X August (by Giovanni PASCOLI)
Saint Lawrence, I know why so many
stars in the peaceful air
catch fire and fall out,
why such great weeping lights in the sky.
A swallow was returning to the roof:
she was killed and fell into thorns;
she had an insect in her beak:
the dinner of her little ones.
Now she is there, as on a cross, stretching
that worm to that distant sky;
and in her waiting nest, in the shadows,
the peeping gets fainter and fainter
Also a man was returning to his nest:
he was killed – he said: I forgive
with a scream stuck in his open eyes:
he was carrying two dolls as a gift.
Now there, in his lonely home,
they’re waiting, waiting in vain;
he is motionless, astonished, and points
the dolls to the distant sky.
And you, Sky, from thigh above
the serene worlds, infinite, immortal,
oh! you flood with tears of stars
this opaque atom of Evil!
The tenth of August is when we Italians commemorate the martyrdom of Saint Lawrence, who was burnt alive on a gridiron, in 258 A.D. It is the night when meteor showers are expected to be most intense, a magical night, when wishes that are ‘wished upon a star’ are likely to come true. We call the Perseids the “tears of Saint Lawrence”, since they resemble the sparks of fire produced when the martyr was burnt.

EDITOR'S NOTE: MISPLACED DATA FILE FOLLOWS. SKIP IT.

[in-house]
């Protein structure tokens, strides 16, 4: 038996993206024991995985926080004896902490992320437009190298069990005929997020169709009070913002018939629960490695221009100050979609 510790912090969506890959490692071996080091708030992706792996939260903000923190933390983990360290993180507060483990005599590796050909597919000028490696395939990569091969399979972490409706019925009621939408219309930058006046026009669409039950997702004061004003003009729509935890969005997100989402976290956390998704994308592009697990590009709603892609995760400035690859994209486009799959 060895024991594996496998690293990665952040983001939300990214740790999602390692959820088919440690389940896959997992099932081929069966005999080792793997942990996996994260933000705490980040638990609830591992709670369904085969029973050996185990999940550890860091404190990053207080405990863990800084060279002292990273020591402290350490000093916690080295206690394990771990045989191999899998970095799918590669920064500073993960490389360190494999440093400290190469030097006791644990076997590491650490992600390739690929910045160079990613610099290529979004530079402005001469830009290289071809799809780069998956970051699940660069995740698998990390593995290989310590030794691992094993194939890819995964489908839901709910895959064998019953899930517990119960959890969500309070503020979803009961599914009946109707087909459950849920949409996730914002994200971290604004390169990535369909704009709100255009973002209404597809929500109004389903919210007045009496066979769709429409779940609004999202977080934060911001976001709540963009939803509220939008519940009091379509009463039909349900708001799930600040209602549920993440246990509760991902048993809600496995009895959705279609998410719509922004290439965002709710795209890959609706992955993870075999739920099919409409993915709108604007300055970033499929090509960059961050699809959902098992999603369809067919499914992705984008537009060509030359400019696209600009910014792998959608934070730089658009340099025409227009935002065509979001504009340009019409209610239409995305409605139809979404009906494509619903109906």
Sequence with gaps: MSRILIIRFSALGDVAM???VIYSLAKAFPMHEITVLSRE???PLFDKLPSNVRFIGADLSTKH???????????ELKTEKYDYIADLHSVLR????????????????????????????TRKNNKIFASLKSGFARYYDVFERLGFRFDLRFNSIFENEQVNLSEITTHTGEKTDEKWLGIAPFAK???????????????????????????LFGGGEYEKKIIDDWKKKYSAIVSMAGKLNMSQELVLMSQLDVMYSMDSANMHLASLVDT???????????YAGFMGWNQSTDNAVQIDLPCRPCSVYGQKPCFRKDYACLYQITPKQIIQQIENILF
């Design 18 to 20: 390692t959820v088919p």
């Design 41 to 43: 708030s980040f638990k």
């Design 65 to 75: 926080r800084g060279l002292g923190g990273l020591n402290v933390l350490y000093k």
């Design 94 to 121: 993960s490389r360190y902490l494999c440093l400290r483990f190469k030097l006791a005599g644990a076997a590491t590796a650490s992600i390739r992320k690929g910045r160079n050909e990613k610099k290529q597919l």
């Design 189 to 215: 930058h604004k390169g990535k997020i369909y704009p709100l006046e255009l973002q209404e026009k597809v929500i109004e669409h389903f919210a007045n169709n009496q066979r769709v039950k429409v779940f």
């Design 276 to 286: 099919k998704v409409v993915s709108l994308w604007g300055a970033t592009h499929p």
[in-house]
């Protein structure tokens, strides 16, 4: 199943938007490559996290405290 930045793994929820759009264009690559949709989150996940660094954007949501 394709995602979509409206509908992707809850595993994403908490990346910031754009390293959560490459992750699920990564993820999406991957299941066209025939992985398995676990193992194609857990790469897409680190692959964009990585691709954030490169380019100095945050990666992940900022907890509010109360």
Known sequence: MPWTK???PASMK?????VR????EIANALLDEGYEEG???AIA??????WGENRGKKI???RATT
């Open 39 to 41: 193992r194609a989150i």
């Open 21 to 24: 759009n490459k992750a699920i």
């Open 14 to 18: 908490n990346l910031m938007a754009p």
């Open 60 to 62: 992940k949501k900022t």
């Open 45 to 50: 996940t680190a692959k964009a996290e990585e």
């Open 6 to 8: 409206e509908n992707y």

However, for twelve year-old Giovanni Pascoli, that date meant tragedy. On the evening of 10 August 1867 his father was killed while on his way home from a local fair in a cart drawn by a black and white mare (“la cavalla storna”), who continued slowly on her way home with the dead man in it.
In the poem “X August” (with the date written in Roman numbers to represent a cross) the poet compares the killing of his father, who was returning home carrying two dolls to his daughters, to the killing of a swallow, returning to the nest with some food in its beak. Both of them were victims of a shotgun, a senseless human violence, in a world where injustice and evil prevail. Even the sky on that night, the night of Saint Lawrence, covers the earth with the tears of the stars.